Documents highlight role of pharmacies in driving opioid epidemic

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Johns Hopkins University and the University of California, San Francisco, or UCSF, have added new documents to the Opioid Industry Documents Archive that detail the role of retail pharmacies in the opioid overdose epidemic.

The documents, based on litigation led by the Florida Attorney General, the Ohio counties of Lake and Trumbull, and the San Francisco City Attorney, show how companies including CVS, Rite-Aid, Target, Walgreens, and Walmart repeatedly failed to employ safeguards meant to prevent the over-dispensing and diversion of potentially dangerous controlled substances.

The court records show that pharmacies repeatedly ignored the strict policies and guidelines from the Drug Enforcement Administration, or DEA, designed to protect patients who receive controlled substances like prescription opioids. The records also show that many of these pharmacies repeatedly faced disciplinary action for failing to take corrective steps after breaking the rules. Examples include:

  • Not following DEA guidelines on drug dispensing
  • Failing to report suspicious drug sales to the DEA
  • Not having (or not following) a plan to prevent the illegal diversion of drugs
  • In the case of Walgreens, engaging in deceptive marketing by not informing patients about the dangers of opioids

The archive, launched by the two research universities in March 2021, is a digital repository of publicly disclosed documents arising from litigation brought against opioid manufacturers and consultants to the manufacturers, distributors, and pharmacies by local and state governments and tribal communities. For decades, as opioid addiction and deaths mounted, the public knew very little about the hidden business of making and selling prescription painkillers. Thousands of lawsuits have since shone a bright light on the industry’s practices. The archive is collecting as many documents as possible and sharing them freely.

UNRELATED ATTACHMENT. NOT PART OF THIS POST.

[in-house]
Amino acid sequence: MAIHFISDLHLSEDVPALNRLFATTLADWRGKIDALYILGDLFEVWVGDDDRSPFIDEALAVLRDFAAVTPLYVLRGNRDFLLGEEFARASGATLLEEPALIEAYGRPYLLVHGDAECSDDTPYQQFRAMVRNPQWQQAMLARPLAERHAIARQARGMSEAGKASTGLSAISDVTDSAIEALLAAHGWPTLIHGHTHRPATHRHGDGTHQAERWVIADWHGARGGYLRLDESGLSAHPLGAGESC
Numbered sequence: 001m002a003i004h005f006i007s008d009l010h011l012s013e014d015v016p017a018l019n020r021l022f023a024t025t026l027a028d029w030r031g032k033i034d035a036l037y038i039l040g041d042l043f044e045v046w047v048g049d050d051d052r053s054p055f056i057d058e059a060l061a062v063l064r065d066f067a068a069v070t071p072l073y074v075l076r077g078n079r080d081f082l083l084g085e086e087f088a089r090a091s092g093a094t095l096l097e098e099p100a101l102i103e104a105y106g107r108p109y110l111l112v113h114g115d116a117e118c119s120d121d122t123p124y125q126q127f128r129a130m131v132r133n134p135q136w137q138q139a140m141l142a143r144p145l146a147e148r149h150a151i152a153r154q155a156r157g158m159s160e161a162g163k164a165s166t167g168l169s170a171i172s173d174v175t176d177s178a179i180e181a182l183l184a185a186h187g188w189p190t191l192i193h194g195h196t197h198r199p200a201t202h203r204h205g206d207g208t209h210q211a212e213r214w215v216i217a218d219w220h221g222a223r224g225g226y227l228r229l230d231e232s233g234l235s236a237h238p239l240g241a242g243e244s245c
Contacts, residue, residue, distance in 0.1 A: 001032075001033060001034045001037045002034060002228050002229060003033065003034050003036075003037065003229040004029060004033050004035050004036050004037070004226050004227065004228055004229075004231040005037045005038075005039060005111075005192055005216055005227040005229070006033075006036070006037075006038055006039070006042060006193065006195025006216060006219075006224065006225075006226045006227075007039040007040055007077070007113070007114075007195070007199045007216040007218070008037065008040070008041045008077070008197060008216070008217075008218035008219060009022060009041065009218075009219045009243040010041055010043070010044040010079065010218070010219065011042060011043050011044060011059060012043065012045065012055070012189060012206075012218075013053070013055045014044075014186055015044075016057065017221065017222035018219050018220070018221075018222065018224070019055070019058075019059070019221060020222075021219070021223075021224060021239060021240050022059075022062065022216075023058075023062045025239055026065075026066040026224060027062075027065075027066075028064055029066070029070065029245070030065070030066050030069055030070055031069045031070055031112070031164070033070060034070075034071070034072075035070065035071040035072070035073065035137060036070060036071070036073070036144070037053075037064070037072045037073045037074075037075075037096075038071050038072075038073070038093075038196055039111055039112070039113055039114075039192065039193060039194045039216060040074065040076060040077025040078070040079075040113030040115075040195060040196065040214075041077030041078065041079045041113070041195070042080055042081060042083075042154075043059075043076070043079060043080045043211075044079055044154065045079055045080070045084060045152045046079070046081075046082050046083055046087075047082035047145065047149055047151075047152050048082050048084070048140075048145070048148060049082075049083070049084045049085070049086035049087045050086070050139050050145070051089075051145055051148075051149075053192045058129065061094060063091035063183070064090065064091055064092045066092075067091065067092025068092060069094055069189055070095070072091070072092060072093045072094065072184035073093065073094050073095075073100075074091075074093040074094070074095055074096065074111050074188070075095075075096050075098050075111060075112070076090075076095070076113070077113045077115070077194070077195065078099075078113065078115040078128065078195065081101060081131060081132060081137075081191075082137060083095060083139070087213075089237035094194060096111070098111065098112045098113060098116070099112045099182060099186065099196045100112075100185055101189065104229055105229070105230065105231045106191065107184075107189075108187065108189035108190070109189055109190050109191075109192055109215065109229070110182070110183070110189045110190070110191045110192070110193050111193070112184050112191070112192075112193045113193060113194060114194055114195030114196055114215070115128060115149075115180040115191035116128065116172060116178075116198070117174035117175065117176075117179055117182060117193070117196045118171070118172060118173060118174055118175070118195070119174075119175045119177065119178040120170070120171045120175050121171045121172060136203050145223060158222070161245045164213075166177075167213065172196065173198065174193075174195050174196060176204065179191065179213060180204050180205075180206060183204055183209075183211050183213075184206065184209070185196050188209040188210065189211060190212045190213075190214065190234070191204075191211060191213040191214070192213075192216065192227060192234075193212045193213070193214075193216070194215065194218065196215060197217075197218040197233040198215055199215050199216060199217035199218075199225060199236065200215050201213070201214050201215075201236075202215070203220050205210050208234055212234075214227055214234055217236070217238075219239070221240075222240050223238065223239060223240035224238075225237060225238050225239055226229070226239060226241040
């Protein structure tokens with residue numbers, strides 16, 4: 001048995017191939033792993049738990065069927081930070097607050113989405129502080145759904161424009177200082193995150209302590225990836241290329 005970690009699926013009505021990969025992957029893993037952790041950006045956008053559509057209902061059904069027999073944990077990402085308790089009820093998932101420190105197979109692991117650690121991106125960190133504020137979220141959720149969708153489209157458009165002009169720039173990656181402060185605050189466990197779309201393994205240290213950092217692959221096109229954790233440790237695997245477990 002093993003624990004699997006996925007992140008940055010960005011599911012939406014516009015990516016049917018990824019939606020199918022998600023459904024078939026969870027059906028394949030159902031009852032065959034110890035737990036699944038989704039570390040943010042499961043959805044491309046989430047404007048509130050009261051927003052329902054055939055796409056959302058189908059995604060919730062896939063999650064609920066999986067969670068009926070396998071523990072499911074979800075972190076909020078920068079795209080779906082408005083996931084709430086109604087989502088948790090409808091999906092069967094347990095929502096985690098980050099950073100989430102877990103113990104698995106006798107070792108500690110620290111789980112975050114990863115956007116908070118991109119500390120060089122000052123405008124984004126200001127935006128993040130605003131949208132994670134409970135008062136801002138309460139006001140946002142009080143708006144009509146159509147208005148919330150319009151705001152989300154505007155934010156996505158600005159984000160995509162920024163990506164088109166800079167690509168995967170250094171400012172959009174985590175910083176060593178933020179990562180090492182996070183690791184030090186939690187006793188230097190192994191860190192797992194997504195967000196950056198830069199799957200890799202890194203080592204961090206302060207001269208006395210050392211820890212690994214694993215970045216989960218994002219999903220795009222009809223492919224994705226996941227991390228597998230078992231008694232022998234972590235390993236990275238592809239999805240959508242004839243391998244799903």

“Much attention has been paid to the role of pharmaceutical manufacturers like Purdue in causing the opioid epidemic. But the archive’s documents are showing the public with great detail that drug makers did not create this tragedy by themselves,” said G. Caleb Alexander, professor of epidemiology and medicine at the Johns Hopkins Bloomberg School of Public Health and co-founding director of its Center for Drug Safety and Effectiveness. Alexander, who has served as a paid plaintiff’s expert in federal and state opioid litigation, added, “There is a long path from the pill maker to the public, with multiple players including pharmacies in between.”

The addition of more than 2,200 pharmacy documents will expand the archive’s collection of more than 1.5 million opioid industry documents. The archive may be of use to many different parties, including families harmed by the opioid crisis, as well as the media, health care practitioners, students, lawyers, and researchers.

Documents are full-text searchable and include an array of relevant materials, including company emails, memos, presentations, sales reports, budgets, audit reports, Drug Enforcement Administration briefings, meeting agendas and minutes, expert witness reports, and trial transcripts.

The opioid archive is modeled after UCSF’s pioneering Truth Tobacco Industry Documents archive, which has fostered scientific and public health discoveries shaping tobacco policy in the U.S. and around the world. Like its counterpart, the opioid archive is designed to accommodate new documents from future settlements or judgments as litigation continues.

It will allow researchers and historians to find and analyze negative patterns and practices of industry behavior that can lead to new policies and laws to protect the public from criminal, unethical and dangerous behavior.

According to the Centers for Disease Control and Prevention, the first wave of opioid overdose deaths in the U.S. began as early as 1999 with the increased opioid prescribing of the 1990s. Between 1999 and 2020, according to the CDC, more than 564,000 people in the U.S. fatally overdosed from prescription and illicit opioids. The White House Council of Economic Advisers’ most recent analysis estimates that the opioid epidemic cost $696 billion in 2018, and more than $2.5 trillion between 2015 and 2018.

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